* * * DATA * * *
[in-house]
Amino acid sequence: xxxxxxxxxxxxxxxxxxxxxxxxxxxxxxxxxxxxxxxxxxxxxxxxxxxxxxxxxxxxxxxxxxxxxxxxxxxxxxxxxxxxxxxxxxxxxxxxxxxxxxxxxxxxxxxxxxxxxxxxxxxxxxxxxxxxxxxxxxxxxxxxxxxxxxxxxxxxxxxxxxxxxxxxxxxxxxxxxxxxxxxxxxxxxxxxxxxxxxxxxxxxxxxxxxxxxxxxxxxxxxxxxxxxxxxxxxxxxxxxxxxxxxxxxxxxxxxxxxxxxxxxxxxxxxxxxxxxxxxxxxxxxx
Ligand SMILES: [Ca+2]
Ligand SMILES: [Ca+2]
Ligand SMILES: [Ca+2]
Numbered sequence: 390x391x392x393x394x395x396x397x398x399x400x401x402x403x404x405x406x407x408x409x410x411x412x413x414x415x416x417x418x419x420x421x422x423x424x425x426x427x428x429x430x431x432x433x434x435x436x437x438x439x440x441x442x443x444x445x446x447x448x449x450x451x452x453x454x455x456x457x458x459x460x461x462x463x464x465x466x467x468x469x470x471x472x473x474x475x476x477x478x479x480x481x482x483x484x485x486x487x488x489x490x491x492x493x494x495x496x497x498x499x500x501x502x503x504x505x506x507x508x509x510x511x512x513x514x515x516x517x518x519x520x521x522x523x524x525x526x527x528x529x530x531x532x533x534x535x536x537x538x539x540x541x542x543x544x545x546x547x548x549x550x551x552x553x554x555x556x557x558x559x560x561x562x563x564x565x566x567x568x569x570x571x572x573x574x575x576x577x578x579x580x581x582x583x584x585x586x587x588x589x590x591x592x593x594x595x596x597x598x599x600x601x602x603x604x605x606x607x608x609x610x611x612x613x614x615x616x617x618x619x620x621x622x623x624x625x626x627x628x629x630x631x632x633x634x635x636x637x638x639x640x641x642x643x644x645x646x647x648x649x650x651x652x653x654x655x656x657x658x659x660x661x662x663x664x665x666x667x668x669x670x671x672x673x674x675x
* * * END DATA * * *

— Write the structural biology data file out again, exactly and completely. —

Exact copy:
[in-house]
Amino acid sequence: xxxxxxxxxxxxxxxxxxxxxxxxxxxxxxxxxxxxxxxxxxxxxxxxxxxxxxxxxxxxxxxxxxxxxxxxxxxxxxxxxxxxxxxxxxxxxxxxxxxxxxxxxxxxxxxxxxxxxxxxxxxxxxxxxxxxxxxxxxxxxxxxxxxxxxxxxxxxxxxxxxxxxxxxxxxxxxxxxxxxxxxxxxxxxxxxxxxxxxxxxxxxxxxxxxxxxxxxxxxxxxxxxxxxxxxxxxxxxxxxxxxxxxxxxxxxxxxxxxxxxxxxxxxxxxxxxxxxxxxxxxxxxx
Ligand SMILES: [Ca+2]
Ligand SMILES: [Ca+2]
Ligand SMILES: [Ca+2]
Numbered sequence: 390x391x392x393x394x395x396x397x398x399x400x401x402x403x404x405x406x407x408x409x410x411x412x413x414x415x416x417x418x419x420x421x422x423x424x425x426x427x428x429x430x431x432x433x434x435x436x437x438x439x440x441x442x443x444x445x446x447x448x449x450x451x452x453x454x455x456x457x458x459x460x461x462x463x464x465x466x467x468x469x470x471x472x473x474x475x476x477x478x479x480x481x482x483x484x485x486x487x488x489x490x491x492x493x494x495x496x497x498x499x500x501x502x503x504x505x506x507x508x509x510x511x512x513x514x515x516x517x518x519x520x521x522x523x524x525x526x527x528x529x530x531x532x533x534x535x536x537x538x539x540x541x542x543x544x545x546x547x548x549x550x551x552x553x554x555x556x557x558x559x560x561x562x563x564x565x566x567x568x569x570x571x572x573x574x575x576x577x578x579x580x581x582x583x584x585x586x587x588x589x590x591x592x593x594x595x596x597x598x599x600x601x602x603x604x605x606x607x608x609x610x611x612x613x614x615x616x617x618x619x620x621x622x623x624x625x626x627x628x629x630x631x632x633x634x635x636x637x638x639x640x641x642x643x644x645x646x647x648x649x650x651x652x653x654x655x656x657x658x659x660x661x662x663x664x665x666x667x668x669x670x671x672x673x674x675x